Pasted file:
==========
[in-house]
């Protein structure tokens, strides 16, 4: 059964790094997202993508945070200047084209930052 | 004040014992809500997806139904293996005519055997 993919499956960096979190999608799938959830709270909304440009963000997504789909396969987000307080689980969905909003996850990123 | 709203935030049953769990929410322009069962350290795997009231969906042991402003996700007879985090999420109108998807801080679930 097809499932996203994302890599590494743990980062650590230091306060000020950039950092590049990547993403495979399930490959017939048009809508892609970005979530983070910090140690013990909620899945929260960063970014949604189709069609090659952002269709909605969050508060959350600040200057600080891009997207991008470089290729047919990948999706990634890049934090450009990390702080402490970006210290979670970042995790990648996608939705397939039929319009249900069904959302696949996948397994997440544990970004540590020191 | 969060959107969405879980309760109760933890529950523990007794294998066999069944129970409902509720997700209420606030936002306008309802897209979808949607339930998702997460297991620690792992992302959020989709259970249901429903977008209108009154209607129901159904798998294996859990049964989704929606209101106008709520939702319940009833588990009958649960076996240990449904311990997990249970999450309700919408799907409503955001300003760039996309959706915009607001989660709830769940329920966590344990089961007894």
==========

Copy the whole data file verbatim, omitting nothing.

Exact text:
[in-house]
């Protein structure tokens, strides 16, 4: 059964790094997202993508945070200047084209930052 | 004040014992809500997806139904293996005519055997 993919499956960096979190999608799938959830709270909304440009963000997504789909396969987000307080689980969905909003996850990123 | 709203935030049953769990929410322009069962350290795997009231969906042991402003996700007879985090999420109108998807801080679930 097809499932996203994302890599590494743990980062650590230091306060000020950039950092590049990547993403495979399930490959017939048009809508892609970005979530983070910090140690013990909620899945929260960063970014949604189709069609090659952002269709909605969050508060959350600040200057600080891009997207991008470089290729047919990948999706990634890049934090450009990390702080402490970006210290979670970042995790990648996608939705397939039929319009249900069904959302696949996948397994997440544990970004540590020191 | 969060959107969405879980309760109760933890529950523990007794294998066999069944129970409902509720997700209420606030936002306008309802897209979808949607339930998702997460297991620690792992992302959020989709259970249901429903977008209108009154209607129901159904798998294996859990049964989704929606209101106008709520939702319940009833588990009958649960076996240990449904311990997990249970999450309700919408799907409503955001300003760039996309959706915009607001989660709830769940329920966590344990089961007894």